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Wednesday, December 16, 2020

Excluding Members-Elect from Congress

As a comment to my prior post noted, Representative Bill Pascrell of New Jersey wrote Speaker Pelosi last week and suggested that the Republican members who signed an amicus brief in the Texas lawsuit challenging the presidential election result should be excluded. Pascrell quoted Section Three of the Fourteenth Amendment and asserted: 

"[M]en and women who would act to tear the United States government apart cannot serve as Members of the Congress. These lawsuits seeking to obliterate public confidence in our democratic system by invalidating the clear results of the 2020 presidential election attack the text and spirit of the Constitution."

He goes on, but you get the point. Pascrell's request is absurd. Joining a brief is not "insurrection or rebellion" against the Constitution under any standard. If it were, the number of Representatives that could have been subject to exclusion would be quite long. We want people to use peaceful and lawful means to contest election results so that they don't use violent and unlawful means.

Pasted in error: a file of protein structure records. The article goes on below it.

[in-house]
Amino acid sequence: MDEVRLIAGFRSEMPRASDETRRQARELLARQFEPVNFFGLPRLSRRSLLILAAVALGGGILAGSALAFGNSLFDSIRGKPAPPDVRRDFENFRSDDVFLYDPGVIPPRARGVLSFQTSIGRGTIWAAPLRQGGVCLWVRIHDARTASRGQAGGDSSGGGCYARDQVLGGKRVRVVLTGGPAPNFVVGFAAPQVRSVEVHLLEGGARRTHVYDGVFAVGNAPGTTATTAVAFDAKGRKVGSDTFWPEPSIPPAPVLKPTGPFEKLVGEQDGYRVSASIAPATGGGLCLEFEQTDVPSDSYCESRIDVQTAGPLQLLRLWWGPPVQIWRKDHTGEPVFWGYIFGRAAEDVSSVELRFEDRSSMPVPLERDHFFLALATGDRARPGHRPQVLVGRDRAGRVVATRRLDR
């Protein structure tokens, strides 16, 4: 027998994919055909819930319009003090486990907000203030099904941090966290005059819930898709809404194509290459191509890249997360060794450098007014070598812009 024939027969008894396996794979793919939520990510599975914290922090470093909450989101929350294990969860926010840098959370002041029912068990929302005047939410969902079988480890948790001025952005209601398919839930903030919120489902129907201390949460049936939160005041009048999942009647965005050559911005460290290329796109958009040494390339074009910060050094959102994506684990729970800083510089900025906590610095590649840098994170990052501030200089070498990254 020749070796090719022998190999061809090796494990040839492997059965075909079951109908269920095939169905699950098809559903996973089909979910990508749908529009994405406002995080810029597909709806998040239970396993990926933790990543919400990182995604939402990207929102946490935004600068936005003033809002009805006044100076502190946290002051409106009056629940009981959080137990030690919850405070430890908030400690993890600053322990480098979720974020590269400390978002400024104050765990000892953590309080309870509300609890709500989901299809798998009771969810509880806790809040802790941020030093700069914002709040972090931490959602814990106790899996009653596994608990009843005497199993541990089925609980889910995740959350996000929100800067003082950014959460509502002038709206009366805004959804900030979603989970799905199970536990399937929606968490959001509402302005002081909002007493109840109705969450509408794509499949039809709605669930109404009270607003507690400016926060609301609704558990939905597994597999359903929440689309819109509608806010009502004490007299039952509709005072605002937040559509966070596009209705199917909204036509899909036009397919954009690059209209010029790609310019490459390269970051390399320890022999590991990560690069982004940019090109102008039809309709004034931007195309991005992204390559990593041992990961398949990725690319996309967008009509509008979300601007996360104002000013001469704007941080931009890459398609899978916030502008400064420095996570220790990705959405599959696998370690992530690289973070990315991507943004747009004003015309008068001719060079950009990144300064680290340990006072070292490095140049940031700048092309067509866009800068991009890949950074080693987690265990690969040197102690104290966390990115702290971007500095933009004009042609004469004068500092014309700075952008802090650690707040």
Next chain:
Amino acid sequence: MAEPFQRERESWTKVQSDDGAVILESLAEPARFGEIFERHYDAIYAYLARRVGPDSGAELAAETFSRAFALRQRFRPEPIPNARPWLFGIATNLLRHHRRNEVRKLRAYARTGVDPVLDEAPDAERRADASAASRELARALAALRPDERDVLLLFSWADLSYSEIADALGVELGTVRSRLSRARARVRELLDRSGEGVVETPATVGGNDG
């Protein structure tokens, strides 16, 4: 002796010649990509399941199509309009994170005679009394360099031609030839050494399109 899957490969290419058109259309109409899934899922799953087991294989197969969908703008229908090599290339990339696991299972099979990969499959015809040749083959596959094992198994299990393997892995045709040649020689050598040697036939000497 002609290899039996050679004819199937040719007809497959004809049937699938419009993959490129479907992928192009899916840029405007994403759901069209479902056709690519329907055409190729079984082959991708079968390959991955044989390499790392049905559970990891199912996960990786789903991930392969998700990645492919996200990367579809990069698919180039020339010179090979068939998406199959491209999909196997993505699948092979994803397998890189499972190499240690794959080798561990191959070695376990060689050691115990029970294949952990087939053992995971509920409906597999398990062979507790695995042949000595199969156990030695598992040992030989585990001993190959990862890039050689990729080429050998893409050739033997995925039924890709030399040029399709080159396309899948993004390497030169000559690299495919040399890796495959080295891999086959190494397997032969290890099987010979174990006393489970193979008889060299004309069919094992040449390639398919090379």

I would also point out that many people called President Rutherford B. Hayes "His Fraudulency"  during his Administration because of the murky circumstances of the 1876 election. Were they all engaged in insurrection or rebellion against the Constitution? Hardly. They were exercising their First Amendment rights.

Posted by Gerard Magliocca on December 16, 2020 at 08:46 AM | Permalink

Comments

It won't happen, but one scenario would be what would happen if -- under the House power to judge elections -- they determine the House Republicans (and they alone) could not be seated because they weren't legally elected.

Posted by: Joe | Dec 17, 2020 11:31:41 AM

Bit absurd indeed. But just bit and under current circumstances. Not generally speaking. This is because, an offence can be committed, even under appearance of lawful or peaceful action. It is called, secondary offenses, or derivative offenses. Like: aiding, abetting, and so forth, inciting for example is good illustration.

So, the respectable author of the post, has ignored by the way, the foot of the clause, I quote relevant part:

"....or given aid or comfort to the enemies thereof. But Congress may by a vote of two-thirds of each House, remove such disability."

And indeed, all this, has led, to violence, and several people were wounded and stabbed in violence. Not that it is necessarily related in criminal terms. Yet, it is not that simple theoretically at least.

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